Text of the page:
Why More Lawmakers Should Have Fought the Debt Ceiling Suspension
My Foundry piece this week explains the clean debt ceiling suspension is just the beginning of a sustained effort to abdicate fiscal responsibility. Some Republicans are discussing the possibility of reinstating the “Gephardt Rule,” a mechanism that allowed for approval of legislation increasing the nation’s statutory debt limit without an actual vote in the U.S. House of Representatives. Reinstating this rule would supposedly allow lawmakers to avoid periodic debt ceiling dramas, to the detriment of the American people:
America established a statutory debt ceiling in 1917 as part of the Second Liberty Bond Act. According to the non-partisan Congressional Research Services, the debt ceiling “imposes a form of fiscal accountability that compels Congress and the President to take visible action to allow further federal borrowing when the federal government spends more than it collects in revenues.”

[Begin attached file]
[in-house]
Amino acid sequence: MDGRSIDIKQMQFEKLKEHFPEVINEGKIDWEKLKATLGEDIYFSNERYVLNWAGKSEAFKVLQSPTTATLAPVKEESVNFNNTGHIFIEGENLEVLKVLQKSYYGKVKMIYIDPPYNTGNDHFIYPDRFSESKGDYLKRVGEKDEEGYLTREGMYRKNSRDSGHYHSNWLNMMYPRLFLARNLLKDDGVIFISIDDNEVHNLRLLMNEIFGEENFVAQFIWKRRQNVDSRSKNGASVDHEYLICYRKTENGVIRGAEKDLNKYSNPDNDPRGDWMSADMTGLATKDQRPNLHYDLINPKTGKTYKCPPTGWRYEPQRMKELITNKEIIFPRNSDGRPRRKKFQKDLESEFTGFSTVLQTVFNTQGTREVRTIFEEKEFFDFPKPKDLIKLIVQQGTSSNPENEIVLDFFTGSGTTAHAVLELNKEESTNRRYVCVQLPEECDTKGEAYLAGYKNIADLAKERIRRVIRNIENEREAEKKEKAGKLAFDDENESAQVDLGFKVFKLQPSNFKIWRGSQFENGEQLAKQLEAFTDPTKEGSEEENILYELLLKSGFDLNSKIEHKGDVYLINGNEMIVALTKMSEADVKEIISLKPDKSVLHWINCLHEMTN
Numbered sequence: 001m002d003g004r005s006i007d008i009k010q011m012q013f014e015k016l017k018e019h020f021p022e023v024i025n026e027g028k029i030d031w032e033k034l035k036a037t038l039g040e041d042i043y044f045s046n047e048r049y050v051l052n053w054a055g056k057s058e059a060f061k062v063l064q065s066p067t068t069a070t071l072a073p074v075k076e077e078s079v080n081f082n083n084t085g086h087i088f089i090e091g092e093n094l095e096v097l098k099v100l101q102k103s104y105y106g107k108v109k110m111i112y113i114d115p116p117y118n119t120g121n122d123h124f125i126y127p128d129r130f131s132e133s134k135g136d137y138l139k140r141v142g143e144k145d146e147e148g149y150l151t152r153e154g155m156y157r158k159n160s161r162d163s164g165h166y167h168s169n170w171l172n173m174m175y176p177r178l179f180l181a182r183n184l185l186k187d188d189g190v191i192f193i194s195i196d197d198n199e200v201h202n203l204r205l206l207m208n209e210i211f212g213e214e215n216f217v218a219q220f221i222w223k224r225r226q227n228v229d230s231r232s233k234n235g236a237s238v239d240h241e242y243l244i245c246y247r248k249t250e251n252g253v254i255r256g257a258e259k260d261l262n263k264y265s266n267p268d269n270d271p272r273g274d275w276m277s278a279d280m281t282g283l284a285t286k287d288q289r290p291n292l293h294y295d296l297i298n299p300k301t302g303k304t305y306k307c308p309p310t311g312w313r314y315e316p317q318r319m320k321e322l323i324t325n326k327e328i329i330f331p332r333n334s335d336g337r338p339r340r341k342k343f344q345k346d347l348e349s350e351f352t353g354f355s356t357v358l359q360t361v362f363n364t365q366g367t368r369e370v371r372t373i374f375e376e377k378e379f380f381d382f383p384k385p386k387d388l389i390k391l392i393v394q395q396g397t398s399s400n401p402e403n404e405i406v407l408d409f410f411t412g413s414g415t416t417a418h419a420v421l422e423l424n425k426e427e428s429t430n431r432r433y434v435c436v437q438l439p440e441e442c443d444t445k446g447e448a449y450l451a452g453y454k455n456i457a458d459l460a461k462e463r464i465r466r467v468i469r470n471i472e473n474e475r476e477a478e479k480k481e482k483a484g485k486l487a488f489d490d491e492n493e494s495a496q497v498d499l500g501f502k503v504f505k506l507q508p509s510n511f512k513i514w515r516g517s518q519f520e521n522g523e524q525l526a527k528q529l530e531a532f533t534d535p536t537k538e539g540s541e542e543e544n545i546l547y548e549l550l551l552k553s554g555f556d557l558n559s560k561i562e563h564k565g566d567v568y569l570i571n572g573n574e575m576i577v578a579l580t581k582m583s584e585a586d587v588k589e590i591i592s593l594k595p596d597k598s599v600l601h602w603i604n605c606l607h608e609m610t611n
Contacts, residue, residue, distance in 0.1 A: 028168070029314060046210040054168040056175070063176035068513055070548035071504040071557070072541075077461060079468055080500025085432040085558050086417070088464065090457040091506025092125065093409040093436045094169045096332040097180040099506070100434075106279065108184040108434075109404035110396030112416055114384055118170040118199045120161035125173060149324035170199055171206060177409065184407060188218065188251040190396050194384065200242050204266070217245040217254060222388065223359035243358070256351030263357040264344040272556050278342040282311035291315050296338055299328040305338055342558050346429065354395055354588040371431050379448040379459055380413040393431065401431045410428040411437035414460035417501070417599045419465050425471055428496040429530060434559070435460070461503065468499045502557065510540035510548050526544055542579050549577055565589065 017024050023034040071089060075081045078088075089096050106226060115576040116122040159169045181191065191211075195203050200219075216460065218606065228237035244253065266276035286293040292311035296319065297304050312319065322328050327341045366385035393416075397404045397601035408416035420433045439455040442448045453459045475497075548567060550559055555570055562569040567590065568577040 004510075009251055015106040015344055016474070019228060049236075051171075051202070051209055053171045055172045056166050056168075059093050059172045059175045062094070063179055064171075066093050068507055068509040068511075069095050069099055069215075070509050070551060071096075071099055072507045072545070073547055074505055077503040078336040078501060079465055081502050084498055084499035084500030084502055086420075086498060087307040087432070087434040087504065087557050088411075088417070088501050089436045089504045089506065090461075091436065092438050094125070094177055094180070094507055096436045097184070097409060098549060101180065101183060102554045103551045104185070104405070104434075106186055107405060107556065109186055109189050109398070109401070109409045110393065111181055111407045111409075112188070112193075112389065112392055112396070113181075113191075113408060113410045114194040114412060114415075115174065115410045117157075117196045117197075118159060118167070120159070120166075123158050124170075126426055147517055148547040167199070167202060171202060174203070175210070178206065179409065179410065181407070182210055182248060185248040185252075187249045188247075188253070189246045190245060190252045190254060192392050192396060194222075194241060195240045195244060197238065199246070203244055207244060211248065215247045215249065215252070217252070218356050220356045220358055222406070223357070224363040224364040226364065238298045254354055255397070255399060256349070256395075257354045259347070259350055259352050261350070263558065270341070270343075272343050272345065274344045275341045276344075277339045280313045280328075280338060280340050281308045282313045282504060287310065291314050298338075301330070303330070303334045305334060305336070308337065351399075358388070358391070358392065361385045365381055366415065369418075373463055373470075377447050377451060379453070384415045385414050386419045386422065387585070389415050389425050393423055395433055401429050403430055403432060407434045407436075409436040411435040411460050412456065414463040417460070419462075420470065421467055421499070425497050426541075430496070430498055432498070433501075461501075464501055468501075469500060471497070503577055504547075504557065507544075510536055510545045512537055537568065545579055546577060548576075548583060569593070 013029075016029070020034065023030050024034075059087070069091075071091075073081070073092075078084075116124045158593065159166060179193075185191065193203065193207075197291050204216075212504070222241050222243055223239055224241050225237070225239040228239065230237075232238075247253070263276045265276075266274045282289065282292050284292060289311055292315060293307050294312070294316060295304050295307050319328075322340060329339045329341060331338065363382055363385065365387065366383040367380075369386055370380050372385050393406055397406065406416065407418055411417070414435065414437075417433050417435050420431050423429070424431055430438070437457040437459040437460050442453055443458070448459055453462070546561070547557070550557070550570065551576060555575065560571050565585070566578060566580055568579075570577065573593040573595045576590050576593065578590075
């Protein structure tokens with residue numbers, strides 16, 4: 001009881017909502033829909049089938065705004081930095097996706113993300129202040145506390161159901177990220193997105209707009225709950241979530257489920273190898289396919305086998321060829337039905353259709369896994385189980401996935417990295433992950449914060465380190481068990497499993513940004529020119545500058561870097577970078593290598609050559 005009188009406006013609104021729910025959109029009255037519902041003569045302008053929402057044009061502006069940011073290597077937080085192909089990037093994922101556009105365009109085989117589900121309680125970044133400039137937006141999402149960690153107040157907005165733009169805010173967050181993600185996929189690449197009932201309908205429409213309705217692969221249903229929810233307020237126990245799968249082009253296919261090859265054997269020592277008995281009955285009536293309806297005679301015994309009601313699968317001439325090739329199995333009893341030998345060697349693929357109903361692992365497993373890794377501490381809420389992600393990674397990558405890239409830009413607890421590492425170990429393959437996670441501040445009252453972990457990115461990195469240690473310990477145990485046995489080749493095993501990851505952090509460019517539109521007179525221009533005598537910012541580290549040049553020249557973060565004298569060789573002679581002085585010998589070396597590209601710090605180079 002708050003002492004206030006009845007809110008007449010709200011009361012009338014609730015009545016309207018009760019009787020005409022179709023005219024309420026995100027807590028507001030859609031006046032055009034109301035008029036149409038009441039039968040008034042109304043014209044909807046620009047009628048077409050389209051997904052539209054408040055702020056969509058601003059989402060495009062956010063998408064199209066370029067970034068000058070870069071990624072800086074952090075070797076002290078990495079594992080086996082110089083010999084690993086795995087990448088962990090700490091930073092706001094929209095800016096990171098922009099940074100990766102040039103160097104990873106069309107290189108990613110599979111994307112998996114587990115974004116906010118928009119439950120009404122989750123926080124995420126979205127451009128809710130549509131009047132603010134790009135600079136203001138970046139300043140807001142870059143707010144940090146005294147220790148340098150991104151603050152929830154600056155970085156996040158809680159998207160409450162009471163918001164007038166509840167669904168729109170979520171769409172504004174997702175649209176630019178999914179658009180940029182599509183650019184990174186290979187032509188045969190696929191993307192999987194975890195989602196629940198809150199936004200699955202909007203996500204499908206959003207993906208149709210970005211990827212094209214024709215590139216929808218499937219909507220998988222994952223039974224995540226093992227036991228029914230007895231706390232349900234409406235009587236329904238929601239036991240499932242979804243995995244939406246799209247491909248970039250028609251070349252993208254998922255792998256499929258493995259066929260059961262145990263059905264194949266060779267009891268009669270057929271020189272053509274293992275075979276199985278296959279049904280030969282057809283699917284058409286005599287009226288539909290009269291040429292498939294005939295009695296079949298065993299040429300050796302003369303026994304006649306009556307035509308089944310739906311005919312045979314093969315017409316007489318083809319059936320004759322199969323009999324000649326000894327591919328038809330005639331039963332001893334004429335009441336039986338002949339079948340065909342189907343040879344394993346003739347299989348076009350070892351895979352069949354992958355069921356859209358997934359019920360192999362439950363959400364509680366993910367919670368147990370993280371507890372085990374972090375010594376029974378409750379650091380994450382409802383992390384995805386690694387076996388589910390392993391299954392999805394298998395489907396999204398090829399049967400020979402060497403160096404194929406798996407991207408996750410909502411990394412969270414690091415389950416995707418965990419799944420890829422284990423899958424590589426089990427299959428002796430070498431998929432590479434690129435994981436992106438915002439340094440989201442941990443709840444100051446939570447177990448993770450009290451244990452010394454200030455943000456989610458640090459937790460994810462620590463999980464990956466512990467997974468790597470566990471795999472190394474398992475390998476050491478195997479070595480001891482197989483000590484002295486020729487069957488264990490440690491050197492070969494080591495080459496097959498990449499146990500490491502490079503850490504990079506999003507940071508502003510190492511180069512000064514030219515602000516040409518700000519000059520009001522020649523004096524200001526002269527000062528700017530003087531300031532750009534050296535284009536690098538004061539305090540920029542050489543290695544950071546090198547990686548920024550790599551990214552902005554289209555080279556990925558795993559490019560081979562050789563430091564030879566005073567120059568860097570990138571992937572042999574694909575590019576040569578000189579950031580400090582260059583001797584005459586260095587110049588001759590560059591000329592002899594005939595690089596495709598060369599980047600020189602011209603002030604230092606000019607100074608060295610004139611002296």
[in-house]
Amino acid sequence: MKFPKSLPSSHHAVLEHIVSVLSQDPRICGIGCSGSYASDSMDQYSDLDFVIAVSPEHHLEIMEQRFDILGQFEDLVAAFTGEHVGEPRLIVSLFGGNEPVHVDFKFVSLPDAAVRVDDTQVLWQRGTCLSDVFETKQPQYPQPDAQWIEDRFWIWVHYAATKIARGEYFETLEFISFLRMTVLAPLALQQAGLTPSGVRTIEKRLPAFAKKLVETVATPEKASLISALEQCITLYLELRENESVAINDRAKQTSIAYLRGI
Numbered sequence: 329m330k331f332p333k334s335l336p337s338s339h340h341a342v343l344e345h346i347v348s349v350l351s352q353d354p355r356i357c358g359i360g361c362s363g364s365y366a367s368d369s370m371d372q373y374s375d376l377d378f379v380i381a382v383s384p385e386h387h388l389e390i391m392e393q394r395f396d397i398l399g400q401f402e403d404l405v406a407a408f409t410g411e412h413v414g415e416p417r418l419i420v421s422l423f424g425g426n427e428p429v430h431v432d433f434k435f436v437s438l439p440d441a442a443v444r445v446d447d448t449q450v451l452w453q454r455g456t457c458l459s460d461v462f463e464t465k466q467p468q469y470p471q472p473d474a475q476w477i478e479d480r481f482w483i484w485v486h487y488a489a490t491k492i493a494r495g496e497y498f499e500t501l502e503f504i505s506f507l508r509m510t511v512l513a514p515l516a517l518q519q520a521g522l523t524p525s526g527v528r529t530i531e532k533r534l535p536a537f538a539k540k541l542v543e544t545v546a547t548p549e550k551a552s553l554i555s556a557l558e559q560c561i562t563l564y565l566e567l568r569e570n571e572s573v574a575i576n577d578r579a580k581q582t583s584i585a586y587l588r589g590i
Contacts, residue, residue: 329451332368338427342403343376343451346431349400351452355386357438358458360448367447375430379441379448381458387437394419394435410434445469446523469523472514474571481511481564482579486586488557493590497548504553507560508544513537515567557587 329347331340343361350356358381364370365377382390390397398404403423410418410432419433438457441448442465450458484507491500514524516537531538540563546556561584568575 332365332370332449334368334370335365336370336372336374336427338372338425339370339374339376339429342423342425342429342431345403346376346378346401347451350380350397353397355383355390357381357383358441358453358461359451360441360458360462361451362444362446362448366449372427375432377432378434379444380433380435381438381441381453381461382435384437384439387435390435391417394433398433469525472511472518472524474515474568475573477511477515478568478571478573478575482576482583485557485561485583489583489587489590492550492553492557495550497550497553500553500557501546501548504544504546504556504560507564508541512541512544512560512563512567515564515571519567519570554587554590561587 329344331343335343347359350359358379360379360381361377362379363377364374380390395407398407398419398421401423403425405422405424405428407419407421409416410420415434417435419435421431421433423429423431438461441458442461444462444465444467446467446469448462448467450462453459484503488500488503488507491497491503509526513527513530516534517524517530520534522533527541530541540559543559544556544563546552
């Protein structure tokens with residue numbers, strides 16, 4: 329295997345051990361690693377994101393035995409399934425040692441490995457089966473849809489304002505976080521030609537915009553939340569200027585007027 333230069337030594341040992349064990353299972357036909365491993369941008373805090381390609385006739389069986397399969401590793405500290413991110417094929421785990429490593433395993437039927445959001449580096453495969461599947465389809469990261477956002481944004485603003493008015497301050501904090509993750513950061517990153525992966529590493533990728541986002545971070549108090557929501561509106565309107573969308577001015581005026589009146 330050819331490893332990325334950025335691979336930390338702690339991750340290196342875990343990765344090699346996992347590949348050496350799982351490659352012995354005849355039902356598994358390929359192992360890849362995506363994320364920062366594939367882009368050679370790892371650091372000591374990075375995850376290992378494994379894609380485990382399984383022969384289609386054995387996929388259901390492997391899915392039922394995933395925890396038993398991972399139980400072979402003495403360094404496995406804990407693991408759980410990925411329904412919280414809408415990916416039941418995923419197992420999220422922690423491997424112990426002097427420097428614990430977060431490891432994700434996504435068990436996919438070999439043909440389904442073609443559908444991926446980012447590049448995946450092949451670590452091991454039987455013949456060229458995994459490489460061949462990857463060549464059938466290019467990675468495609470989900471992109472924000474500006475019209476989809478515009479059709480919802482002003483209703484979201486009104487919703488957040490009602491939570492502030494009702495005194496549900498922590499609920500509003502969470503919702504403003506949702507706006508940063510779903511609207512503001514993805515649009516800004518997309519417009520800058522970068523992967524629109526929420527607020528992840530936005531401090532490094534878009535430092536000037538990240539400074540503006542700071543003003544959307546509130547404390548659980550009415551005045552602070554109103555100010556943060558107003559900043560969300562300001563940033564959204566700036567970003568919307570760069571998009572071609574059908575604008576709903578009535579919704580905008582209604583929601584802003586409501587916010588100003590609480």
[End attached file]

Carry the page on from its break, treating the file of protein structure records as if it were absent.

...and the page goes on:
To put it another way, we have installed a smoke alarm in our nation’s fiscal house. If lawmakers believe it is dramatic to periodically determine whether or not the house is on fire, they should have the intellectual honesty to suggest we eliminate the nation’s debt ceiling.
Some today are criticizing Sen. Ted Cruz (R-TX) 97% for refusing to allow the Senate to suspend the debt ceiling in an expedited process. Incredible. It’s bad enough to advocate resetting our nation’s smoke alarm and going back to bed while the children are asleep upstairs. Waiving the regular order of the Senate to take such an irresponsible step is beyond absurd.